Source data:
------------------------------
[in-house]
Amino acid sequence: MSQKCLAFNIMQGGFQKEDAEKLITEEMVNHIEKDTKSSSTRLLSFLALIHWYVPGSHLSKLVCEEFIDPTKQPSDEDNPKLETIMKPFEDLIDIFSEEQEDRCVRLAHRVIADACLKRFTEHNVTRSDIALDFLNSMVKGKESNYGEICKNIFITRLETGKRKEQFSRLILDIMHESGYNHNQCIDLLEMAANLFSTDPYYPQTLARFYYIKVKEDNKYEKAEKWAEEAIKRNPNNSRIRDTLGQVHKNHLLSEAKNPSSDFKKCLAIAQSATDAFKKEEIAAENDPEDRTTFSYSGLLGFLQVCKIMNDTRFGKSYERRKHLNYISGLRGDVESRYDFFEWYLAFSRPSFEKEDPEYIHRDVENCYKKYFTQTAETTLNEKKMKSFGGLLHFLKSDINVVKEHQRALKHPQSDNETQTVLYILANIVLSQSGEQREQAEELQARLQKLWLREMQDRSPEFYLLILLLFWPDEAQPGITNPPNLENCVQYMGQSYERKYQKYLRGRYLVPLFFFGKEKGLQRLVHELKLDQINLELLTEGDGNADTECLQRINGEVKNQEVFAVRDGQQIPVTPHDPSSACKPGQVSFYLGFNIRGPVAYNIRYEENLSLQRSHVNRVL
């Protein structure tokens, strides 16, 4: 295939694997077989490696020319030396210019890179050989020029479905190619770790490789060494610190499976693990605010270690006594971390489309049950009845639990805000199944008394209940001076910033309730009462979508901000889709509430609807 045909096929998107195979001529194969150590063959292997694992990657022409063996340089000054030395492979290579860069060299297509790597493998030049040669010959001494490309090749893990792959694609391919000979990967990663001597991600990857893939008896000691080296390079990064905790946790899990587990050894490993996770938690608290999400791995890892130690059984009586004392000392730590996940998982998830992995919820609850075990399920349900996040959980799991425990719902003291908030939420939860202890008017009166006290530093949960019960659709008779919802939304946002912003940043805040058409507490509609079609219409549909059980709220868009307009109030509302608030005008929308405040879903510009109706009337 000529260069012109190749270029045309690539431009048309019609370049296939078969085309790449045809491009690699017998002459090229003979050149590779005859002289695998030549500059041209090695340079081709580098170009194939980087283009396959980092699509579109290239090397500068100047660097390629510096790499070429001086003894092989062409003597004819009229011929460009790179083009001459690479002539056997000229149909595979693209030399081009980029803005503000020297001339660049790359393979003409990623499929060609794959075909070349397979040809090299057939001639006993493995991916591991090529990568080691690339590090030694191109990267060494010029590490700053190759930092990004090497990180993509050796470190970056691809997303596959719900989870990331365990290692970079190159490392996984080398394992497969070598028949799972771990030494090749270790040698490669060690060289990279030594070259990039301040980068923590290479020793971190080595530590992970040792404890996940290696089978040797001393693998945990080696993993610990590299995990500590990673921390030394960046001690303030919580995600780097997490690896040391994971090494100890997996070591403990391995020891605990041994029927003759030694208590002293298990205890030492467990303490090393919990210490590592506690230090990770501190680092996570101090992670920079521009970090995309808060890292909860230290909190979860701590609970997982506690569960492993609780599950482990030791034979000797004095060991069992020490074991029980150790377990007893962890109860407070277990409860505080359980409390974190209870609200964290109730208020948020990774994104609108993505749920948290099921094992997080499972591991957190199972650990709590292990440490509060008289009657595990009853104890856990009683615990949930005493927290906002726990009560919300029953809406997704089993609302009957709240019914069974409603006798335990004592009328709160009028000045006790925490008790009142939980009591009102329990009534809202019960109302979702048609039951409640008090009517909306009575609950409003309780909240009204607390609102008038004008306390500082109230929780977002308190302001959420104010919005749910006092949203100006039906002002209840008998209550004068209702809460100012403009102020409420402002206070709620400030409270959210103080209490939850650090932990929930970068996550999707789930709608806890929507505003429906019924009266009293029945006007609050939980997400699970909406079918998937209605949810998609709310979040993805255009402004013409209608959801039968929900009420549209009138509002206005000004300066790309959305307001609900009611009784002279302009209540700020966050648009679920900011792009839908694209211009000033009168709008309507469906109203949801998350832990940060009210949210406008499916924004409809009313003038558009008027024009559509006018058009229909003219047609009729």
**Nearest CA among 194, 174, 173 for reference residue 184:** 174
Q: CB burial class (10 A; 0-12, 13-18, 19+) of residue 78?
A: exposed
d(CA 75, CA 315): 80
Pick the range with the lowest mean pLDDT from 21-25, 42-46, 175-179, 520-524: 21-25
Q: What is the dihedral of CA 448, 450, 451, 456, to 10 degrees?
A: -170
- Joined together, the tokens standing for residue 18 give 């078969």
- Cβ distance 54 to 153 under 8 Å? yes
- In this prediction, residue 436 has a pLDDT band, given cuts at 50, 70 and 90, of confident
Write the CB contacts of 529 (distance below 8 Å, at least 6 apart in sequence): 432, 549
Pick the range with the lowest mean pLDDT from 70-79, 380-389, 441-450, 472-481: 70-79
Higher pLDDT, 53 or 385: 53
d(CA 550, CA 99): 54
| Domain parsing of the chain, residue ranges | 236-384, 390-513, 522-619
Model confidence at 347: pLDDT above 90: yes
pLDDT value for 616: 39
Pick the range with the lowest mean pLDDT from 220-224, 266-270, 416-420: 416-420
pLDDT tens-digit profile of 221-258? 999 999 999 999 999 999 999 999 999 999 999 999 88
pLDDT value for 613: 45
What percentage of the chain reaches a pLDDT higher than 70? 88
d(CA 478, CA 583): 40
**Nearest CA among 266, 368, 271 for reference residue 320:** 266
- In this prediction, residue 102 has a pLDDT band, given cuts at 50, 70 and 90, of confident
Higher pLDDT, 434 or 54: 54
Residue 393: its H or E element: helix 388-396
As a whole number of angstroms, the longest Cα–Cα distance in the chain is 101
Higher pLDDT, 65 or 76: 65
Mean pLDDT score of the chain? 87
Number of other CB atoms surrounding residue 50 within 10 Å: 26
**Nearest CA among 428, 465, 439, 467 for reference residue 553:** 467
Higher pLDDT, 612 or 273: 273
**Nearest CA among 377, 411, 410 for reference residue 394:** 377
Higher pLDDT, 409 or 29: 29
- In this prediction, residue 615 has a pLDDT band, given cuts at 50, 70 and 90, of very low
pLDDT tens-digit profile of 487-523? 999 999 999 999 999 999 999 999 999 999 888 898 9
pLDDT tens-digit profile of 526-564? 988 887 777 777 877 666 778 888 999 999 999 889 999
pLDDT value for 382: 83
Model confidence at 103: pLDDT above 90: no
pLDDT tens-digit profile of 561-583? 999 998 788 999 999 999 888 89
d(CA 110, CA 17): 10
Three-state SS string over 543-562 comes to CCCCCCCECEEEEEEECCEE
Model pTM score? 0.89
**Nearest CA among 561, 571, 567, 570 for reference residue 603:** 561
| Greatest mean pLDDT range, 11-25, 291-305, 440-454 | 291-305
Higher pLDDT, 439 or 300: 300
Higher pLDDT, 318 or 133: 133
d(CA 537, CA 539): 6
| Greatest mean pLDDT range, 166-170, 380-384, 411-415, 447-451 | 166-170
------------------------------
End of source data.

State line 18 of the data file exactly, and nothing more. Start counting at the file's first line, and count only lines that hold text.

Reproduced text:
| Domain parsing of the chain, residue ranges | 236-384, 390-513, 522-619